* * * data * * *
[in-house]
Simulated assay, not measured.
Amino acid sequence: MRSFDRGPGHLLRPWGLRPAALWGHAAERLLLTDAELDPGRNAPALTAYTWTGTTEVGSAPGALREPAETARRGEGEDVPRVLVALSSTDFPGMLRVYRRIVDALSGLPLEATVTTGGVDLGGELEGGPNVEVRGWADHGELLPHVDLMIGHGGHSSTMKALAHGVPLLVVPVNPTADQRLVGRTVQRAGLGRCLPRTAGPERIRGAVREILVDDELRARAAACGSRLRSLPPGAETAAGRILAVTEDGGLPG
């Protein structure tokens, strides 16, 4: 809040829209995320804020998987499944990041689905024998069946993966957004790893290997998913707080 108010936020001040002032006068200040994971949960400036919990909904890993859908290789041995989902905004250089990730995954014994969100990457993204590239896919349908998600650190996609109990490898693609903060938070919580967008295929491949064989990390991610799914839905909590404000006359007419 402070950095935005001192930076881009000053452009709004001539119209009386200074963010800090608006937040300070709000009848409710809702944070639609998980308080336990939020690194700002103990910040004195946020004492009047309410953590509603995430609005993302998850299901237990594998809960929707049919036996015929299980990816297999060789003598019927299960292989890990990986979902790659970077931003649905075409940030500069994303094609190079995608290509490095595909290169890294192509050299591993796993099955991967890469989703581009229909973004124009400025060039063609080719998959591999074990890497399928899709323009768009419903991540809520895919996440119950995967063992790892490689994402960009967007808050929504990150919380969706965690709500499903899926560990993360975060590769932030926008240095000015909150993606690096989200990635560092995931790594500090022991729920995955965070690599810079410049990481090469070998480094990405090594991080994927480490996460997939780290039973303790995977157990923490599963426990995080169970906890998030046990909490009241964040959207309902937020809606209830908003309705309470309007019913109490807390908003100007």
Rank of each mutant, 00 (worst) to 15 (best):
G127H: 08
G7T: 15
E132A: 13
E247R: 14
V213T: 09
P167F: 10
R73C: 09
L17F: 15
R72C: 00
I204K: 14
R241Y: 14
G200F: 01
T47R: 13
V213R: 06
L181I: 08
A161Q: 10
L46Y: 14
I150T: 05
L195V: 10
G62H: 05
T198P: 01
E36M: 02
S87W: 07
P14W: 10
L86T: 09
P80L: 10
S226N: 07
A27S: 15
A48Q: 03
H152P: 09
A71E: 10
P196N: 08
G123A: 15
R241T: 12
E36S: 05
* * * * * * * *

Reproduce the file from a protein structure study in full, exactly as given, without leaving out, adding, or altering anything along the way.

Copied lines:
[in-house]
Simulated assay, not measured.
Amino acid sequence: MRSFDRGPGHLLRPWGLRPAALWGHAAERLLLTDAELDPGRNAPALTAYTWTGTTEVGSAPGALREPAETARRGEGEDVPRVLVALSSTDFPGMLRVYRRIVDALSGLPLEATVTTGGVDLGGELEGGPNVEVRGWADHGELLPHVDLMIGHGGHSSTMKALAHGVPLLVVPVNPTADQRLVGRTVQRAGLGRCLPRTAGPERIRGAVREILVDDELRARAAACGSRLRSLPPGAETAAGRILAVTEDGGLPG
């Protein structure tokens, strides 16, 4: 809040829209995320804020998987499944990041689905024998069946993966957004790893290997998913707080 108010936020001040002032006068200040994971949960400036919990909904890993859908290789041995989902905004250089990730995954014994969100990457993204590239896919349908998600650190996609109990490898693609903060938070919580967008295929491949064989990390991610799914839905909590404000006359007419 402070950095935005001192930076881009000053452009709004001539119209009386200074963010800090608006937040300070709000009848409710809702944070639609998980308080336990939020690194700002103990910040004195946020004492009047309410953590509603995430609005993302998850299901237990594998809960929707049919036996015929299980990816297999060789003598019927299960292989890990990986979902790659970077931003649905075409940030500069994303094609190079995608290509490095595909290169890294192509050299591993796993099955991967890469989703581009229909973004124009400025060039063609080719998959591999074990890497399928899709323009768009419903991540809520895919996440119950995967063992790892490689994402960009967007808050929504990150919380969706965690709500499903899926560990993360975060590769932030926008240095000015909150993606690096989200990635560092995931790594500090022991729920995955965070690599810079410049990481090469070998480094990405090594991080994927480490996460997939780290039973303790995977157990923490599963426990995080169970906890998030046990909490009241964040959207309902937020809606209830908003309705309470309007019913109490807390908003100007």
Rank of each mutant, 00 (worst) to 15 (best):
G127H: 08
G7T: 15
E132A: 13
E247R: 14
V213T: 09
P167F: 10
R73C: 09
L17F: 15
R72C: 00
I204K: 14
R241Y: 14
G200F: 01
T47R: 13
V213R: 06
L181I: 08
A161Q: 10
L46Y: 14
I150T: 05
L195V: 10
G62H: 05
T198P: 01
E36M: 02
S87W: 07
P14W: 10
L86T: 09
P80L: 10
S226N: 07
A27S: 15
A48Q: 03
H152P: 09
A71E: 10
P196N: 08
G123A: 15
R241T: 12
E36S: 05